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Locating Resources Using JNDI (Java Naming and Directory Interface)

  • June 2, 2003
  • By Sams Publishing
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The javax.naming.Name Interface

This interface symbolizes a generic name of an object that is bound into a naming service. There can be many different implementations of a name, such as URLs or host names, but the Name interface provides methods for accessing the name that are independent of the underlying naming service. A name typically consists of a string or a group of name components.

In general, applications that need to manipulate individual components in a name would use the Name interface to build a name or compare with another name, for instance. Simple applications generally use a java.lang.String to perform a lookup operation.

The javax.naming.Reference Class

Depending on the naming and directory service that you use, you might or might not be able to store a serialized Java object directly within the service. Even if your service is capable of storing the object, you might decide not to do so. For example, the object might be very large, or there could be applications written in languages other than Java that access the object in which case a serialized Java object would be of no use.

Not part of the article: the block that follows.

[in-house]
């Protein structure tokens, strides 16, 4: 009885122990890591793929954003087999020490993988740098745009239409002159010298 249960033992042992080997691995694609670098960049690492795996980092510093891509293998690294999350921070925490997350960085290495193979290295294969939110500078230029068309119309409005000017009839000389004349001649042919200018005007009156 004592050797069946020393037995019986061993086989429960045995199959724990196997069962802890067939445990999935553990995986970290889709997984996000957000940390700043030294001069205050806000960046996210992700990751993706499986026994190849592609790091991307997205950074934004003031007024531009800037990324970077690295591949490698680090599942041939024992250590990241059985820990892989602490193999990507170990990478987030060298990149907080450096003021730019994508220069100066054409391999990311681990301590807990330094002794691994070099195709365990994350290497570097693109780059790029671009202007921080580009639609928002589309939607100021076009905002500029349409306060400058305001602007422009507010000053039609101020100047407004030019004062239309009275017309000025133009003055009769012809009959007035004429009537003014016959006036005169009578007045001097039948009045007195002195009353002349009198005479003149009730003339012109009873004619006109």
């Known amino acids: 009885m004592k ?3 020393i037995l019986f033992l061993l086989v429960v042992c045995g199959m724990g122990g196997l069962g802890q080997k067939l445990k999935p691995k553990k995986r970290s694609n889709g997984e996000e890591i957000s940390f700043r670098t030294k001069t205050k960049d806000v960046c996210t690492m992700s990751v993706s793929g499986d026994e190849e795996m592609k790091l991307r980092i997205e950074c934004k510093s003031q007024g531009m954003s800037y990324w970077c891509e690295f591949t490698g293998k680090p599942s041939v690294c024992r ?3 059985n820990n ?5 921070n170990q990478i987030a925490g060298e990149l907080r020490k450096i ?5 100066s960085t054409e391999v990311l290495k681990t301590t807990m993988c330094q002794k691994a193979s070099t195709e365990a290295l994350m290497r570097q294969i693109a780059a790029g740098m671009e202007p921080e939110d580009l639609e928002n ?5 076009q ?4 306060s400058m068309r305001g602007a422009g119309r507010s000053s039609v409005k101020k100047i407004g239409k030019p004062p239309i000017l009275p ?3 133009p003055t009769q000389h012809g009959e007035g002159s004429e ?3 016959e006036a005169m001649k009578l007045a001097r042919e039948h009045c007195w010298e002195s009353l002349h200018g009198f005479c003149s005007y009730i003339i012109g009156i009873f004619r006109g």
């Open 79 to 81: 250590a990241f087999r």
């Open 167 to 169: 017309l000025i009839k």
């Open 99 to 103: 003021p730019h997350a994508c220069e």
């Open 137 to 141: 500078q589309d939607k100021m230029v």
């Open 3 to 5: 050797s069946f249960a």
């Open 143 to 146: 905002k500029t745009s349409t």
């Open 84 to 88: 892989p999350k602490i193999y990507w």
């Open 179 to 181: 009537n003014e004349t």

JNDI defines the javax.naming.Reference class that represents a reference to an object. A reference contains information that enables you to access an object. JNDI maintains the illusion that what the client looks up in the naming service (a reference) is in fact an object.

The javax.naming.directory Package

The javax.naming.directory package contains classes and interfaces that you can use to access directory services. For example, you can retrieve the attributes that are associated with an object. You can also perform searches for objects whose attributes match certain search criteria that you specify.

The two most important interfaces in the javax.naming.directory package are Attribute and DirContext.

The javax.naming.directory.Attribute Interface

This interface represents an attribute of a named object in the directory service. The actual forms that an attribute's name and value can take are dictated by the directory service. Some directory services allow you to specify a schema that sets the forms for the name and value.

An attribute has zero or many values associated with it. It is perfectly legal for a particular attribute value to be null. You can use the get and getAll methods to obtain the attribute values; the set method allows you to set a value at a specified index; and the remove method deletes an attribute at a specified index.

The javax.naming.directory.DirContext Interface

This interface represents a directory context, and defines methods that enable you to write software that examines (getAttributes) and updates (modifyAttributes) the attributes of a named object in the directory service.

There is also a set of overloaded search methods that enable you to search the directory service based on the name of a context (or object) and attribute values.